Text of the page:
That being said, your ducks are just as likely to steer clear of the fibrous, slippery apple skin if they have peeled chunks of apple to eat.
My advice? Leave the skin on the pieces. The skin is the primary source of several nutrients that apples contain, so your ducks will get more nutrition if they eat it.
What About Apple Seeds? Can Ducks Eat Those?
No, they cannot, although they might if they have access to them so be careful. What you’ve probably heard about apple seeds containing cyanide is no urban legend.
Actually, they don’t contain cyanide proper but they do contain a chemical compound that is basically a precursor to cyanide when it is digested.
One, two or a few apple seeds are unlikely to harm your ducks, but if they eat a bunch of them or if they eat them regularly, you might be setting the stage for disaster.
For this reason, you should never deliberately serve apple seeds to ducks, and make it a point to carefully core and clean any apples you’re going to feed them, discarding the seeds.
Can Ducks Eat Apples When They are Cooked?
Yes, ducks can eat cooked apples as long as they don’t have any extra sugar, butter or other added ingredients. I’ll talk more about that health hazard a little later.
Also, there is no reason to cook apples for giving them to your ducks because all this will do is reduce the nutrients.
Yes, it will make the apples softer and somewhat easier for ducks to eat, but considering you need to chop them up anyway, it’s sort of a moot point.
Can Ducklings Have Apples, Also?
Yes, ducklings can have apples. But they should only be given a few tidbits of apple as a treat once they are several weeks old and starting to eat solid foods, or rather, whole foods.
And keep in mind; apples really are just a treat for ducklings. They are high in sugar, which ducklings don’t need very much of, and they don’t have enough nutrients to really make it worth their while.
Ducklings should stick to their nutritionally balanced starter feed until they grow up for the most part.
Never Give Apples to Ducks if They’re Made with Harmful Foods
Apples are a fixture in all sorts of delicious desserts, from pies and cobblers to ice cream sundaes and a lot more.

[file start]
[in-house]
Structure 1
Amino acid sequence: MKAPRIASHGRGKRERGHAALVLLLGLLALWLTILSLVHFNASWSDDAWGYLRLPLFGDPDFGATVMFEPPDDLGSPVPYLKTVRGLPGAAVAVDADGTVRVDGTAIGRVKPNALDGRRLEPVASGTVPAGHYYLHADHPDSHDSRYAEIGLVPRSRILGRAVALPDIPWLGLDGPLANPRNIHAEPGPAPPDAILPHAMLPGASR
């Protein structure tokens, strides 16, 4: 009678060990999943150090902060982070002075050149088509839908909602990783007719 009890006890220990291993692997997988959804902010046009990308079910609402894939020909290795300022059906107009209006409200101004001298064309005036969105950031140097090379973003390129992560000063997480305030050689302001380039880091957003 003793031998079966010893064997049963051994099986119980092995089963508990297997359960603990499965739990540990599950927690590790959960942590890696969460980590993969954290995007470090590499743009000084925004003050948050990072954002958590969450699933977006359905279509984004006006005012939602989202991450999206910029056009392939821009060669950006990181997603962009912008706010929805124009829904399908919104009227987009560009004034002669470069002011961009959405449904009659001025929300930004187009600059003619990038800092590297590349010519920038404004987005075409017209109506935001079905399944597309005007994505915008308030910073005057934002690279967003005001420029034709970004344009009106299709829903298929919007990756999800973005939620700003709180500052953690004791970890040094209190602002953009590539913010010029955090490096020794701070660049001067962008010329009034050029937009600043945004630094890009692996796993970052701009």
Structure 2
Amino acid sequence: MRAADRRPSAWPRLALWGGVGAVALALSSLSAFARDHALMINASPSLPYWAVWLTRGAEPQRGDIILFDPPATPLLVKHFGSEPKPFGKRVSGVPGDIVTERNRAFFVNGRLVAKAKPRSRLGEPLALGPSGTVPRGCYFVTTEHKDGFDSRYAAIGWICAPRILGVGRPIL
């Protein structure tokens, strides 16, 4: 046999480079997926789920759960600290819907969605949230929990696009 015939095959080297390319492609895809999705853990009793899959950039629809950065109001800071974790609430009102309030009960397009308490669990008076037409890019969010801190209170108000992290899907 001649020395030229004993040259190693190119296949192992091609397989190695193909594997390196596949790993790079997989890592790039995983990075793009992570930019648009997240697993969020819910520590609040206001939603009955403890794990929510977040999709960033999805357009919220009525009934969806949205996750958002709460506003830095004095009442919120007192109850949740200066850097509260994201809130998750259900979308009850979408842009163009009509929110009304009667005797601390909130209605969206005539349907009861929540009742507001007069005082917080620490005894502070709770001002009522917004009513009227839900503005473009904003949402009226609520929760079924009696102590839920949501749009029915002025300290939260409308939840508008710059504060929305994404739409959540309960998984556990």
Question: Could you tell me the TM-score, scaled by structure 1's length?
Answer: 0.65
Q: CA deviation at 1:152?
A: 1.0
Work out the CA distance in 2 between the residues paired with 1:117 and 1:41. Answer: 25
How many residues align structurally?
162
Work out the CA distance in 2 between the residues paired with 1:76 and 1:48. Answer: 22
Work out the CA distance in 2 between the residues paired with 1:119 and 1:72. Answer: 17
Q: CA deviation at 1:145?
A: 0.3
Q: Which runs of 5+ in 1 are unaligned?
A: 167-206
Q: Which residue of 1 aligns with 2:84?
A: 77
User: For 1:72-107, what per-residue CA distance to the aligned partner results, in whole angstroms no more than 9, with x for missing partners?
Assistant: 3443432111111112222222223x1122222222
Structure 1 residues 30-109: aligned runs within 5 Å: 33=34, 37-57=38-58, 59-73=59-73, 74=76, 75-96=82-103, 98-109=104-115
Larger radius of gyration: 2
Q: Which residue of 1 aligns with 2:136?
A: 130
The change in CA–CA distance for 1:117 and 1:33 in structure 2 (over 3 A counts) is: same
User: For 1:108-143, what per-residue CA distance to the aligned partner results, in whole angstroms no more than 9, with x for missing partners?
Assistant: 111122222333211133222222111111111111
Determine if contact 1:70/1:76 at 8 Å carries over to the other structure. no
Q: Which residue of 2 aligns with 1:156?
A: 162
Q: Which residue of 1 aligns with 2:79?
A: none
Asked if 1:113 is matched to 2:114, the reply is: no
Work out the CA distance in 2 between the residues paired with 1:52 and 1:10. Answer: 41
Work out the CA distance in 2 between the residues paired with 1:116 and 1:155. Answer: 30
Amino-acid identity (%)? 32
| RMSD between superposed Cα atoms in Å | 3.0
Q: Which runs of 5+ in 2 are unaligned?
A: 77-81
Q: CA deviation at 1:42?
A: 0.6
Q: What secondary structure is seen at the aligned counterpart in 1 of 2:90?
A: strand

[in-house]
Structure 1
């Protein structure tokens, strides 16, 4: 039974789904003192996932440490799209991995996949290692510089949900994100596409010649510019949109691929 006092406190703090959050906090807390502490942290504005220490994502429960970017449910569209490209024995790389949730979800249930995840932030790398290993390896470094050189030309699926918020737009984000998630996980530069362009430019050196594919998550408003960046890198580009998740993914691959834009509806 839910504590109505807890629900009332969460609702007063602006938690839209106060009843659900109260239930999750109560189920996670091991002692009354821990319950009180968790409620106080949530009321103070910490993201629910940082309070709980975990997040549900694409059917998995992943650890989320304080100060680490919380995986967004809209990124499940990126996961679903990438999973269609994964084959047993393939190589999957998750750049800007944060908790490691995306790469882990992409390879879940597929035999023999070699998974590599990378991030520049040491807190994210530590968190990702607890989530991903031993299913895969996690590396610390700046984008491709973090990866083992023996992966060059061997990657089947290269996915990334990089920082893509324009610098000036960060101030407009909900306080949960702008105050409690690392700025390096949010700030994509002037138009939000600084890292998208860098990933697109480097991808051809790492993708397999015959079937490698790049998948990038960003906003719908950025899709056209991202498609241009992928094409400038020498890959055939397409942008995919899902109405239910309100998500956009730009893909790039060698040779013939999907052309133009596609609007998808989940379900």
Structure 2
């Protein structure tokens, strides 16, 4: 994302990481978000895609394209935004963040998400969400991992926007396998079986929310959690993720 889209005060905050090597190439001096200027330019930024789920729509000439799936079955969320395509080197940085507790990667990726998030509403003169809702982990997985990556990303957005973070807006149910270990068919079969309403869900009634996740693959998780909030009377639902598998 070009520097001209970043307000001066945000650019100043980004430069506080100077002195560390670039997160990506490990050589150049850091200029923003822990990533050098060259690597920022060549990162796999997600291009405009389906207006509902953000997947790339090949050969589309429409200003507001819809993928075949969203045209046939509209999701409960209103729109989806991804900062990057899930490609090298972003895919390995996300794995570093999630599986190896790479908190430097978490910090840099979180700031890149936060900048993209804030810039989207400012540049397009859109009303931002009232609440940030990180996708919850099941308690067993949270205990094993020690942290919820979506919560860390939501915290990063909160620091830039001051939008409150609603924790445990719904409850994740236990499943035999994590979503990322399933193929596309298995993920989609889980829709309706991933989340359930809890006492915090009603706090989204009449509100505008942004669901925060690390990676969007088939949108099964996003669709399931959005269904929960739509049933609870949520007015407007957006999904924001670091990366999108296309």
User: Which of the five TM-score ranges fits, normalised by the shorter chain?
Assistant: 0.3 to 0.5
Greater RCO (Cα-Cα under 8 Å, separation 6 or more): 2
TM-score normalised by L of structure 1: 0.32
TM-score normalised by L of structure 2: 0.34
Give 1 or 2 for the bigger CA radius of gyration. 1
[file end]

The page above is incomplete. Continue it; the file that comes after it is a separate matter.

Apples themselves are also regularly prepared with cinnamon and a whole lot of sugar. Delicious, yes, but only for us. Don’t give any of this stuff to your ducks.
I know it’s kind to share, but you won’t be doing them a favor because all of those ingredients and especially the massive amount of sugar can easily cause serious health problems for them. Stick to plain, fresh apples only.
How Often Can Ducks Eat Apples?
Apples are definitely a healthy snack or treat option for ducks, and so long as you give them small servings, they can have a few per week, say no more than three.
How Can You Serve Apples to Your Ducks?
Preparing apples for your ducks is a little bit more involved than giving them bananas or berries, but it is still quite simple.
The first thing you need to do is thoroughly wash the apple. After that, remove the stem and core it, making sure to get rid of each and every seed in there.
Once that is done, cut the apple up into eights and then chop those slices into irregular cubes or bits that are anywhere from a ¼” wide to ⅜” of an inch wide.
This will make it much easier for your ducks to handle and swallow each bite without the risk of choking.
Once that’s done, your ducks are ready to dig in. Just remember to mind the quantity!
Don’t Leave Moldy, Spoiled Apples Where Ducks Can Get Them
Your ducks will be more than happy to eat up all the apples you give them, but in case they do leave some scraps behind, make it a point to pick those up and get rid of them.
They will spoil and rot quickly, and any duck that comes back around to nibble on that bad apple could get sick.
Also, apples are sweet and will easily attract insects and other pests that you don’t want around your ducks’ living space.
Tom has lived and worked on farms and homesteads from the Carolinas to Kentucky and beyond. He is passionate about helping people prepare for tough times by embracing lifestyles of self-sufficiency.